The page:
The ‘wolf-warrior diplomacy’ of recent years reflects a strong nationalist vein in Chinese society, but it does not characterise all Chinese diplomacy. Within most populations there are nationalists, and the more powerful a country becomes, the more intense their nationalistic instincts. When empires falter, as the American empire is now, their inherent nationalism becomes desperate and aggressive.

Despite Beijing’s testy lapses of diplomacy, its general lack of reaction to Western barbs shows an attempt to abide by a principle of ‘action through non-action’, the power of sentient passivity (‘wu wei’ in Daoist and internal martial arts teachings). 

China will need considerable patience and courage to face the blunt, petulant coercions of Washington and the wavering commitments of its trading partners, especially over the next three months. US Secretary of State Mike Pompeo stated in July that the aim of trade sanctions and prohibitions on Chinese tech companies was to bring about regime change in Beijing, but that they were not attacks on the Chinese people. This is the same point George W Bush made to the Iraqi people in 2003, before waging a war that led to the slaughter of hundreds of thousands of Iraqis.

Under present circumstances outright war is unlikely. In the face of growing domestic condemnation for the manner in which they have mismanaged the COVID-19 crisis, the Republican Party is groping for causes to distract its constituents from its own failings. Exaggerating the China security threat and emphasising that China is the architect of America’s domestic ills are crude tactics, but will resonate in an anxious, increasingly Sino-phobic society.

It would be naive to expect that the trust and respect between the United States and China built over decades, and now lying in ruins, may be rebuilt soon. One thing that Chinese people are unlikely to forget is that at their peak of suffering and dying of COVID-19, Washington tried exploit their vulnerability to extract strategic advantages.

Regardless of how polarised they may remain politically, the US and Chinese economies are intertwined directly and indirectly throughout the global trading and financial system in a way that makes Washington’s aim of ‘decoupling’ a fantasy. For all the sound and fury emanating from Washington in the form of threats to sanction China and block Chinese companies, American businesses are unlikely to allow their politicians to cut them out of the Chinese market that will be a key factor in their success for decades. China constituted 40% of global growth in 2019 and will be the strongest and one of the few growing markets in the world in 2020. Even though a Biden presidency will be no less anti-Chinese than the current administration, there are enough people with strategic common sense and humanity in Washington and Beijing for rapprochement to be possible, no matter how slow and painful.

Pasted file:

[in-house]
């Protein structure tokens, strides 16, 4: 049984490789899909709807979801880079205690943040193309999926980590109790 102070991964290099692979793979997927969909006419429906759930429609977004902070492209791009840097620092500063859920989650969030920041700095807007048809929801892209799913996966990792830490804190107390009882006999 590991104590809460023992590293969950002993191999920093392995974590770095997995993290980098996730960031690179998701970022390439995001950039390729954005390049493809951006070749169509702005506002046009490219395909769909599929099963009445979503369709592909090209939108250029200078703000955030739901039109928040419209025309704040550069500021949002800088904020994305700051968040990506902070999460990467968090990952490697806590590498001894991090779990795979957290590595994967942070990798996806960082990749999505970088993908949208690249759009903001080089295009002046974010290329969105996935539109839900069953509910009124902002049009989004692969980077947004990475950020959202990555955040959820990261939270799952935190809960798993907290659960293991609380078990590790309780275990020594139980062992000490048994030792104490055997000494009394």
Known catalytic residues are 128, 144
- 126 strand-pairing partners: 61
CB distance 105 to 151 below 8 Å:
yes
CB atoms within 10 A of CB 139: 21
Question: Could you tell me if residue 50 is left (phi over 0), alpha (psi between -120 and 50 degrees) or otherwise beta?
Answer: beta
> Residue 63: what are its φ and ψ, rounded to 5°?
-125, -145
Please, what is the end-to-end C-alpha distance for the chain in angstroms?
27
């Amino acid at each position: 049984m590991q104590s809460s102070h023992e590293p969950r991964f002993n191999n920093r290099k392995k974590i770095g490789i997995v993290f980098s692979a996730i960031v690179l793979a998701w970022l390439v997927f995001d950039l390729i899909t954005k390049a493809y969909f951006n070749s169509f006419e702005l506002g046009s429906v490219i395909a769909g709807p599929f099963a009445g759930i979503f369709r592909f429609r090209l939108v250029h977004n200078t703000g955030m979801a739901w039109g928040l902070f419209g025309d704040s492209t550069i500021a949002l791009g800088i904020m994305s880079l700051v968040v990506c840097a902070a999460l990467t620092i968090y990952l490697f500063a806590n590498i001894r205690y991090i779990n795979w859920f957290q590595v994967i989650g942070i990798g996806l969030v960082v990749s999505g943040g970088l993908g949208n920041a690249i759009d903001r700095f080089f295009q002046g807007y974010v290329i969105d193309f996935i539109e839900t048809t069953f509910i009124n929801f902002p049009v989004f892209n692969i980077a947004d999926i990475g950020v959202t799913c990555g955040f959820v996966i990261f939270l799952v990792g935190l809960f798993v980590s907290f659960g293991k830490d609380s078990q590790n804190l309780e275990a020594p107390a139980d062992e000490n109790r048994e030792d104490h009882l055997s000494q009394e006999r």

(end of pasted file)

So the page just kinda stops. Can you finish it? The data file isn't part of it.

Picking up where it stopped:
*David Mahon is the Executive Chairman of Beijing-based Mahon China Investment Management Limited, which was founded in 1985. 

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How 'bout those Uighurs, then? How 'bout Hong Kong? How 'bout Taiwan? How 'bout the Sprattley's

The new Taiwan Defence Act which has strong bi-partisan support across both houses doesn't seem very "phoney" to me.

The recent US State visit from Alex Azar (highest ranking state visit in decades) to Taiwan is also clearly not considered "phoney" by the CCP either. In their State controlled media they have described it as illegal. Although clearly, if the USA brings the new Taiwan Defense Act into law then that undermines the CCP's claims of moral high ground (as claimed in this article).

If you are heavily financially invested in China, it must be really hard to face the possibility that political changes could interfere with your efforts. "De-coupling" would be undoubtedly be a painful and costly process. A lot of people would lose a lot of money. If human history is anything to go by though, geopolitics dominates overall. If geopolitics is supporting a globalised trading world then sure, this is just hard ball negotiations between America and China, but given other events (CCP hacking state websites, CCP spies discovered having infiltrated the CIA and FBI, tensions in Hong Kong, tensions in the South China Sea, western sympathy for Tibet) I would not be so quick to dismiss the deterioration of relationships.

Everyone thought that the British wouldn't vote for Brexit because it would be a painful and costly process and yet here we are.

"Everyone thought that the British wouldn't vote for Brexit because it would be a painful and costly process and yet here we are."
Everyone believed the ludicrously inaccurate pollsters. Remember the Brexit vote was almost 50/50, including within political parties - hence the pantomime and shenanigans the negotiations became. It seems few voters knew what they were actually voting for - a salutory lesson for our upcoming policyless (so far) election

As has been repeated ad nauseam, when China is weak, all the territories mentioned, and probably a few more, are independent. When China is strong, they are part of China. That's it. As China's Hong Kong deal showed, it was honoured as long as China felt too weak to dishonour it. Same with Sprattley Islands. Same with Taiwan. Tibet etc. Great fun.
I haven't decided yet if Dave is just trying to protect his position and investment in China, or is giving us his honest opinion about the unstopppableness of China's intentions. Time will tell. Maybe Xing has an opinion on the topic.